I've worked in a variety of new-ish industries and old world industries lately. One distinction strikes me between them -
With many an old world industry, people already know they want to buy. Thus, it's about maxing dollar per sale.
With many a new world industry, people don't know what you're offering. Thus, getting a larger percent of people to try your product/service is a bigger deal.
Take a restaurant. Everyone in a restaurant goes in with cash already. Maybe they look at the menu first, but probably they just sit down. And when they sit down, they're buying something.
Thus, the restaurant business is about getting people into the restaurant and then maxing out the good experience and dollar per sale. Designing your menu so the high margin items "pop out" and get chosen more often, training your wait staff to be very cool and professional and to upsell drinks/desserts/wines/whatever.
It wouldn't surprise me if 90% of people who walk into a restaurant buy something. So getting the foot traffic, quality of the food/atmosphere/service, and dollar per sale up is where it's at.
New industries, the wallet isn't already out. People are like, "What the heck is this newfangled technology thing?" For them, the difference is between getting 1% of your visitors to buy vs. 0.8%. Interestingly, 99% of people who come to your site might never use your product, because they don't buy it. So, as important as product quality still is (word of mouth, reviews, repurchases, etc) - it's even more important to get the right marketing messages, to split test the hell out of everything, and to get people to take their wallet out. That's going to require educating them a lot - in many times, they can't even use your product until they take the wallet out, and they're not sure if they'd want it.
Old world industries: People get it. People get food or furniture or whatever. So max foot traffic, quality, dollar per sale.
New world industries: Educate, educate, educate. Get them to get the wallet out. Also max foot traffic, quality, and dollar per sale (these are good ideas) but getting the conversion rates is probably the single most important variable for your success. Getting 20% more per sale is straight up domainted by getting 100% more sales, which can be done with better layouts and better presentation of benefits.
For a moment, before reading, I thought this was going to be an observation I've made several times..
Namely, the people in a grocery store who roll their cart up to the checkout, stand there idly while the cashier rings them up and bags their groceries for them, and then seem surprised when it's time to pay and embark upon a mission of discovery to find their wallet. Drives me crazy.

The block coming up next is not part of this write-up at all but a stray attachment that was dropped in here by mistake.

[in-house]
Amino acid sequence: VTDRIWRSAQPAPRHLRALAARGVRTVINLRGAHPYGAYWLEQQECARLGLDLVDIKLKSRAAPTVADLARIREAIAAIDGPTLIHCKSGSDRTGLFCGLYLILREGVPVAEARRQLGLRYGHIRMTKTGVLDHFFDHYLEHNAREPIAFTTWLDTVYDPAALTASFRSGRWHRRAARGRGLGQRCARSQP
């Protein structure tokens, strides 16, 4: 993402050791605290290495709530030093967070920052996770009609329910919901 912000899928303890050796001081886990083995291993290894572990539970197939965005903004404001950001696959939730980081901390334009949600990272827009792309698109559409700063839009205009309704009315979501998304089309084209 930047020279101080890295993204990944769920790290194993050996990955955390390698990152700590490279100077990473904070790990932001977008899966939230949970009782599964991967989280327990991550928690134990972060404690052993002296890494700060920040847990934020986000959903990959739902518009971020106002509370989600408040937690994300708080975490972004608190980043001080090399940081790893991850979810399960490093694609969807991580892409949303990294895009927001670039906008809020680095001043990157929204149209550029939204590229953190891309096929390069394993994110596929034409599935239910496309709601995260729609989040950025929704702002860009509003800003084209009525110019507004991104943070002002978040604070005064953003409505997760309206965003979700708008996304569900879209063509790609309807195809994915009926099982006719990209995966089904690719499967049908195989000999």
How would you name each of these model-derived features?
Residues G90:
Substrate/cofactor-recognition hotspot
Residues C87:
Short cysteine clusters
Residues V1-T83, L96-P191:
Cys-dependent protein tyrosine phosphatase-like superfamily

But your post was good, too :)
I. This post outlines Patrick McKenzie - a brilliant technologist and entrepreneur - how he's done such amazing things and learned so much, and why he's getting drastically underpaid and how it's his own fault. This post will be most valuable for technologists who underestimate themselves and undervalue themselves.
II. Hacker News is the best tech community on the internet, and patio11 - Patrick McKenzie - is the best contributor there. I don't even think that's controversial, I think it would be near universally agreed by the HN crowd that Patrick has made as many or more important contributions as anyone.
If you're from Hacker News, you know Patrick already. But for my readers that don't know him, let me give you a quick overview.
III. Patrick is a multi-faceted genius, and I don't throw the word genius around casually.
Patrick McKenzie is many things - he's an expatriate to Japan, he's a talented coder, tester, metrics/split-testing/analytics user, a great writer, extremely modest and helpful. He can recruit people, evaluate talent, and manage people well. He understands ROI very well and is good at purchasing advertising. He's good at customer service. Outsourcing. Automation. Coding. Ecommerce.
I've long considered myself a fantastic buyer. Notice I don't say shopper - that alludes to a hobby or form of entertainment. To me, buying is serious business.
Even before I had any serious degree of financial success, many people assumed I was rich because of my material posessions. I guess most people could pull that off by maxing credit cards, but I was actually socking money away for later.
How do I do it? Read on...
The most important thing to remember is value. Sounds obvious, but nearly everyone ignores value on a daily basis. Value means that you're getting the most for your money - not that you're saving the most money necessarily. A Rolex at $1000 might be an incredible value, but a Timex could be a rip off at $150.